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Non Executive Directors

20th September, 2013

We are often asked about non-executive directors for companies and we thought that it might be worthwhile pointing out some of the main issues that surround them.

Benefits

The benefit of a non executive director (or a NED as they’re usually known) is that a company has the input of a senior and experienced person on the board who can offer insight and a wider perspective to board decisions. NEDs are not full time and can act as a sounding board for directors and a safety net for non-director shareholders.

NEDs are there to offer guidance rather than protection for shareholders, as in private companies the owners are usually the directors as well. The executive directors want some input to help them grow the business.

Why not hire a consultant?

If you need some advice on particular topics you could sign a retainer with a consultant at a per diem rate. This may well work for some companies. If, however, the consultant attends all board meetings and contributes to the board meetings as an equal to the directors he is, under company law, a shadow director with all the liabilities that entails. Given that, he or she might as well be a director. You must consider what you want – a consultant to advise on a specific matter or a NED to advise more generally.

For example, if you are implementing a major new piece of IT and the company does not have the expertise in-house to manage that project, it makes sense to appoint a consultant. It is not unusual, however, to appoint a NED with a particular area of expertise. For example, a fast growing company that has grown out of the founders’ technical expertise may require a NED with a commercial background to support the sales and marketing of the company or perhaps a NED with a financial background to support the company’s FD.

So who is a director?

The Companies Act does not make a distinction between executive and non-executive directors. You are either a director or you are not. And all the Companies Act duties of directors apply to NEDS. They must (Part 10 of the Companies Act 2006):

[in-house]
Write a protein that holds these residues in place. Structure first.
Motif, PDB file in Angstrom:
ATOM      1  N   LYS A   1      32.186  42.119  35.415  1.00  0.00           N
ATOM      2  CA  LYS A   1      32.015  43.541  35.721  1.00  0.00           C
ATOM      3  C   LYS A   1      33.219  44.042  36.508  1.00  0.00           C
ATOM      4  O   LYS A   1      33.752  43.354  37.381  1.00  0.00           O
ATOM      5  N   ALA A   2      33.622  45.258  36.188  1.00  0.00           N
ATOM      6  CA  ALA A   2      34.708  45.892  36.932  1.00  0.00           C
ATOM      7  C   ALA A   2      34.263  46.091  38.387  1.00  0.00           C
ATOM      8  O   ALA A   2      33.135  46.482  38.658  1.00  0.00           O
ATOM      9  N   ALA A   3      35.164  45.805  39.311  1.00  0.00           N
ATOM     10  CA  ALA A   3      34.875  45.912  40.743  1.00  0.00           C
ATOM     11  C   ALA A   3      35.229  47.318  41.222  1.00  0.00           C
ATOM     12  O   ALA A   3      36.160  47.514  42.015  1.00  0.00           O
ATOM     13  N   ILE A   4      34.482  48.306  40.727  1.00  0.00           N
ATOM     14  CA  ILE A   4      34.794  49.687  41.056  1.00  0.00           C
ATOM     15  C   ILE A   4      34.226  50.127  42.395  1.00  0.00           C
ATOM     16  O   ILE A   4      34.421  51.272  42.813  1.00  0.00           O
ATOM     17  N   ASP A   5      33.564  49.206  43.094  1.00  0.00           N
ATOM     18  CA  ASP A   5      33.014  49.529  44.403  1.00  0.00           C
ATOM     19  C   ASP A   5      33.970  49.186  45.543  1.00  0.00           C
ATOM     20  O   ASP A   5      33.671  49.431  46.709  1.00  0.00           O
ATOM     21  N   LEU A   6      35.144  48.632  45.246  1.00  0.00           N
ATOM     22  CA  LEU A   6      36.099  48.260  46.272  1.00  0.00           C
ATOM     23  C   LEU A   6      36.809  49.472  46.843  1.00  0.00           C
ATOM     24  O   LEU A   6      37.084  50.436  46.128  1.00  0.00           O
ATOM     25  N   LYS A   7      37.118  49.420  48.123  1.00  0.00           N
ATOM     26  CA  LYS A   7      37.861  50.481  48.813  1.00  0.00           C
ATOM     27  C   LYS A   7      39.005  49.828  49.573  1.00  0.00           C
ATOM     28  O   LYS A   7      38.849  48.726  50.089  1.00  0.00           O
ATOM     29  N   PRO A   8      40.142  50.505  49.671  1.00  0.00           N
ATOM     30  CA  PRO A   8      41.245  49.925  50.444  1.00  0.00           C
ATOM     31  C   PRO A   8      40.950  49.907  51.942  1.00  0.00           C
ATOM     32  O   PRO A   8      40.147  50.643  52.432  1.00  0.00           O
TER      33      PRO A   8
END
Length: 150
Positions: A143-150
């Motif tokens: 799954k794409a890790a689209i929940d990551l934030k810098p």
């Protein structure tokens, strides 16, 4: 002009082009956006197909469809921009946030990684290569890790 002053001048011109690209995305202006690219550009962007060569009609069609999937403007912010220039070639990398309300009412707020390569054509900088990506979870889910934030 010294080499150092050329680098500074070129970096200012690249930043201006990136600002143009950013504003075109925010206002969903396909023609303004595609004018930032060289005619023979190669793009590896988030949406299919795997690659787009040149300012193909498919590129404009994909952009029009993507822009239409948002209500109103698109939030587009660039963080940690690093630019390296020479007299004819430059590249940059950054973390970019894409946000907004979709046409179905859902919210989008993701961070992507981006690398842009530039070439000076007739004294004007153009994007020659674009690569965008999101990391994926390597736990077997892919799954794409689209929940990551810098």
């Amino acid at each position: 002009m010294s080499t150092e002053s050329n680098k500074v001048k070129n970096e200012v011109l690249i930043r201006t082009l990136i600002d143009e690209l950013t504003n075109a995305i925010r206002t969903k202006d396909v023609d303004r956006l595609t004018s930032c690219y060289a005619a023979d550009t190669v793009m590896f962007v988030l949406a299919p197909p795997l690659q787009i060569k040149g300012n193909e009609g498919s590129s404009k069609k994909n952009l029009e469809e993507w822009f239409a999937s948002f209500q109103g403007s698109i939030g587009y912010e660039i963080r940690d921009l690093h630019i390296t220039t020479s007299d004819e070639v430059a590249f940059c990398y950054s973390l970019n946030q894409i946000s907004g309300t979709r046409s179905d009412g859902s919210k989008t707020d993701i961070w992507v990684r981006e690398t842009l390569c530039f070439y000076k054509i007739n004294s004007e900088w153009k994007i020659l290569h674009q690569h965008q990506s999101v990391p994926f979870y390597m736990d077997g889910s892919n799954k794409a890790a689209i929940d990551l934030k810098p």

• Act within the powers conferred by the company’s constitution (section 171).
  • Promote the success of the company for the benefit of its members (section 172).
  • Exercise independent judgment (section 173).
  • Exercise reasonable care, skill and diligence (section 174).
  • Avoid conflicts of interest (section 175).
  • Not accept benefits from third parties (section 176).
  • Disclose any interest in a proposed transaction or arrangement with the company (section 177).

Recruitment and Appointment

As with any recruitment you must be clear what skills, knowledge, behaviours and experience you want and recruit appropriately. Key to recruitment is induction. This may include all or some of the following:

  • Corporate documents – provide copies of the latest financial information and articles of association.
  • Board meetings and procedures – provide dates of planned board meetings, copies of minutes from recent board meetings and details of any board committees, especially if the NED is to sit on any of them.
  • Company procedures – provide all relevant internal rules and procedures, for example anti-bribery procedures and procedures for approving expenses.
  • Business information – provide details of the company’s history, organisation charts, business plans, major customers, suppliers and competitors and papers explaining any regulatory framework within which the business operates.
  • Investor information – provide details of all the company’s shareholders.
  • Advisers – provide details of key contacts of the company’s principal advisers including auditors, bankers and legal advisers.
  • Site visits – arrange a tour of the company’s sites and meetings with key staff.

You will need to appoint them using the correct procedures referring to your Articles of Association and any Shareholder Agreements you have. Form AP01 will need submitting to Companies House.

You will then need a Director’s Service Agreement, which is a bit like an Employment Contract, setting out their hours and their remuneration (the posh word for directors’ pay!). It should include the usual notice periods and importantly restrictive covenants as they will acquire sensitive and valuable information about your company.

Shares

Any director, including a NED, need not own shares in accompany of which they are a director. You may wish to give them some shares or some share options to tie them in and, for small companies, it may be preferable to pay in shares or options rather than cash. If they become shareholders, you’ll need to sign them up into a shareholders’ agreement.

Roles and Responsibility

You need to set our clearly what their roles and responsibilities are, but you must not fetter their ability to discharge their duties under the Companies Act. If you want them to chair committees or have a specific remit for specific areas, e.g. marketing, accounting, strategy, overseas development, it must be made clear.

Becoming a Non-Executive Director

If you want to become a NED it can be fulfilling and challenging and sometimes an opportunity to “put something back”. In large companies it can be remunerative, but in smaller companies it tends not to be. They key is to remember that you are a director, your duties are to the company, not the person who appointed you, and you must remain independent.

Conclusion

NEDs can be very useful for a company, especially one planning growth. Remember they are full directors and both the company and the NED need to be clear on their role.

For more information on this or any other aspect of company law, please contact Mark Briegal on 01244 405563 or email [email protected]

 

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